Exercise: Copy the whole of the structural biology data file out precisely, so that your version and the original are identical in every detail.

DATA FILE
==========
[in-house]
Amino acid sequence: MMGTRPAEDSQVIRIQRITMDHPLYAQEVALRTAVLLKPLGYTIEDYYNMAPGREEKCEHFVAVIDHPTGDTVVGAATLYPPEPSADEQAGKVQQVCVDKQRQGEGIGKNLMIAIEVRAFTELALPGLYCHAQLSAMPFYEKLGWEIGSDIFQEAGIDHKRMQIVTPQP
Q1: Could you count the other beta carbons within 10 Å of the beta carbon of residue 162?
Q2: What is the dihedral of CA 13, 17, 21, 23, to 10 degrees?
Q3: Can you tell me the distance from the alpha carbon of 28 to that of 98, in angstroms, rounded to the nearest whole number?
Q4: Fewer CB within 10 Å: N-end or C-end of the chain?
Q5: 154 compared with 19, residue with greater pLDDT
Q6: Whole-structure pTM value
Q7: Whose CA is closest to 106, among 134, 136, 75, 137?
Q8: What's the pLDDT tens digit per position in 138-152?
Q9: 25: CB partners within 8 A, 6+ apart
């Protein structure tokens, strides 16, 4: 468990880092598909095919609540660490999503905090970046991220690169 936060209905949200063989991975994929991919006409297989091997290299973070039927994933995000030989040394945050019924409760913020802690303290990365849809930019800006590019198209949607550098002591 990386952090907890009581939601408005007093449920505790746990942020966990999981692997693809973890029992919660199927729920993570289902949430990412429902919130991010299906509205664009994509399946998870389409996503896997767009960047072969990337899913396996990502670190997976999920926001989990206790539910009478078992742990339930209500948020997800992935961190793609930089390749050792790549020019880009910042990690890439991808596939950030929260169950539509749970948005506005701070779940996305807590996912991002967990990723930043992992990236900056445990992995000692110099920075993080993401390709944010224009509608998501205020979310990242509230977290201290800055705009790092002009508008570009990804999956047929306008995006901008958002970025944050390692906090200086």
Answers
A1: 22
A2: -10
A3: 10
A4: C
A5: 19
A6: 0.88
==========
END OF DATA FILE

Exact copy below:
[in-house]
Amino acid sequence: MMGTRPAEDSQVIRIQRITMDHPLYAQEVALRTAVLLKPLGYTIEDYYNMAPGREEKCEHFVAVIDHPTGDTVVGAATLYPPEPSADEQAGKVQQVCVDKQRQGEGIGKNLMIAIEVRAFTELALPGLYCHAQLSAMPFYEKLGWEIGSDIFQEAGIDHKRMQIVTPQP
Q1: Could you count the other beta carbons within 10 Å of the beta carbon of residue 162?
Q2: What is the dihedral of CA 13, 17, 21, 23, to 10 degrees?
Q3: Can you tell me the distance from the alpha carbon of 28 to that of 98, in angstroms, rounded to the nearest whole number?
Q4: Fewer CB within 10 Å: N-end or C-end of the chain?
Q5: 154 compared with 19, residue with greater pLDDT
Q6: Whole-structure pTM value
Q7: Whose CA is closest to 106, among 134, 136, 75, 137?
Q8: What's the pLDDT tens digit per position in 138-152?
Q9: 25: CB partners within 8 A, 6+ apart
């Protein structure tokens, strides 16, 4: 468990880092598909095919609540660490999503905090970046991220690169 936060209905949200063989991975994929991919006409297989091997290299973070039927994933995000030989040394945050019924409760913020802690303290990365849809930019800006590019198209949607550098002591 990386952090907890009581939601408005007093449920505790746990942020966990999981692997693809973890029992919660199927729920993570289902949430990412429902919130991010299906509205664009994509399946998870389409996503896997767009960047072969990337899913396996990502670190997976999920926001989990206790539910009478078992742990339930209500948020997800992935961190793609930089390749050792790549020019880009910042990690890439991808596939950030929260169950539509749970948005506005701070779940996305807590996912991002967990990723930043992992990236900056445990992995000692110099920075993080993401390709944010224009509608998501205020979310990242509230977290201290800055705009790092002009508008570009990804999956047929306008995006901008958002970025944050390692906090200086």
Answers
A1: 22
A2: -10
A3: 10
A4: C
A5: 19
A6: 0.88